NADKC Western Region
Newsletter
June 2019
In this issue
  • Message from the Director
    by Frank O'Leary
  • WR 2019 Fall Test 
  • NADKC Appointed Positions
  • VGP 101
    by Ken Dinn & Gary Hodson
 
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Board of Directors
 
Frank O'Leary, NADKC Western Regional Director
509-520-7483
 
Randall Cherry, Director
WR Board of Directors
 
Jeff Martin, Director
WR Board of Directors
250-492-6665
lafrenz@shaw.ca  
 
Newsletter Editor
Marianne O'Leary
509-520-0819
 
NADKC-WR Web Page
 
 
 
 
If you wish not to receive this newsletter please email nadkc@nadkc-wr.org to be removed from the list.  
 
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Message from the Director
by Frank O’Leary  
 
Western Regional Members,
 
The Western Region has completed its spring testing season with a very successful Derby and Zuchtschau, in Walla Walla, WA.  To view the results visit nadkc-wr.org or click here to be routed to the site.  Congratulations to all the handlers that worked so hard to prepare their dogs.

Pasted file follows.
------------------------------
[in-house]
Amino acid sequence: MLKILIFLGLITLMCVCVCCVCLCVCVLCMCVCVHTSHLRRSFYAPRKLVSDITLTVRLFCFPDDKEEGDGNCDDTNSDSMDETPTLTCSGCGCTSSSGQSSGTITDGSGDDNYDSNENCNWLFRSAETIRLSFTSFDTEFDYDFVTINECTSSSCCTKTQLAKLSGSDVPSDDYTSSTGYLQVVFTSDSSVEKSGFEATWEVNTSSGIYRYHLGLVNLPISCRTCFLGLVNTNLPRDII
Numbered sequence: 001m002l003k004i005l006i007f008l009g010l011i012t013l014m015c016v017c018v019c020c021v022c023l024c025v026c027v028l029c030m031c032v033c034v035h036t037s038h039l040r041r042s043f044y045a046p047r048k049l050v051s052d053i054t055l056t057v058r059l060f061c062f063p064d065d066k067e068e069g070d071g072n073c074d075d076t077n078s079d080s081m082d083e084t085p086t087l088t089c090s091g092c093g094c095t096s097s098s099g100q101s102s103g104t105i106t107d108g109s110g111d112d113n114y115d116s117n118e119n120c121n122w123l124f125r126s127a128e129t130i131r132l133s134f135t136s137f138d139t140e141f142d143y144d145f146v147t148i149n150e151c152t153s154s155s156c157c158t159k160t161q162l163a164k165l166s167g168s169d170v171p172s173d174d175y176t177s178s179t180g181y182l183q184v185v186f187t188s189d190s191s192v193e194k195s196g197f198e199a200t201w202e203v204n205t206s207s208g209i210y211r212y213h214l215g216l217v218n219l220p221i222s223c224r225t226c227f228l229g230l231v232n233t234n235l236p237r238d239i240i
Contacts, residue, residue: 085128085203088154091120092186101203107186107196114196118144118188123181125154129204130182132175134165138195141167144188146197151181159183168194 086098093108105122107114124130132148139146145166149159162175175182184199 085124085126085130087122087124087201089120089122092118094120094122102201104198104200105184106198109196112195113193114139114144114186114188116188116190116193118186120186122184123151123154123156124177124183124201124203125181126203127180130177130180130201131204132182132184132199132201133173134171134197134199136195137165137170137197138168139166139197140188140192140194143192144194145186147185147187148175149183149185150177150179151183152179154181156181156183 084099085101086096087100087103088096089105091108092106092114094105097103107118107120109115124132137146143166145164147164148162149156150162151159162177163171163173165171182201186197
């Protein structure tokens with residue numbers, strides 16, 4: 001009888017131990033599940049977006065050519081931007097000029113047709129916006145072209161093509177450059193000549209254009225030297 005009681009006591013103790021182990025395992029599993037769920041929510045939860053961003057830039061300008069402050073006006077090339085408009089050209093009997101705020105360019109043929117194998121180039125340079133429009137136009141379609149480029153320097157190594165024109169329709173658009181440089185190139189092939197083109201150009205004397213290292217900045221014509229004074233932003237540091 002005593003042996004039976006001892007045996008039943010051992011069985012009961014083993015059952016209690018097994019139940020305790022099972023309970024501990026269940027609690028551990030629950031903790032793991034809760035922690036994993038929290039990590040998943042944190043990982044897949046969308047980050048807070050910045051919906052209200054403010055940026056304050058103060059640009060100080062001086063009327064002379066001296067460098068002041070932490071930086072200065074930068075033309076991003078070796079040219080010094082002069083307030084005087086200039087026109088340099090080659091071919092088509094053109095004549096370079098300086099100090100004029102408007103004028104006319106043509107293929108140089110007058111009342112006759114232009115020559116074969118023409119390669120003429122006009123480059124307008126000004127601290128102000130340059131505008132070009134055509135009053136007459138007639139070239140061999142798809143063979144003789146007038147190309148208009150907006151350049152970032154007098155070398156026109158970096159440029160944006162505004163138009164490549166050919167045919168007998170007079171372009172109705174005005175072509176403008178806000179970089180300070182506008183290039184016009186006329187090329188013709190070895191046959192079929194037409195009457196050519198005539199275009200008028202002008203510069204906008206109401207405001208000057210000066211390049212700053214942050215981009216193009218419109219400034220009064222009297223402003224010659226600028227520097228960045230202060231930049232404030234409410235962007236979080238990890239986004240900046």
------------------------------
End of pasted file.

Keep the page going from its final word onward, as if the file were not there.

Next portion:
The WR has a fall test scheduled in Conrad, MT.   On September 19th & 20th, we will be holding a a VGP.  September 21st and 22nd we will be holding a Solms/AZP.  There will be a Zuchtschau  on Saturday, September 21st.  Jerry Riewer is the test coordinator and can be reached at 406-450-1214 or at citytransfer@earthlink.net.  
 
If you have indicated you will be participating in a fall test, please submit your entry ASAP.  The Fall Test is filling up and you need to enter ASAP.  If you have submitted your entry and realize you will be unable to participate please let the test coordinator know ASAP.
 
Leading up to the fall tests we will be having training opportunities in Walla Walla, WA.  If you would like to participate in the training sessions, please contact Frank O’Leary at 509-520-7483.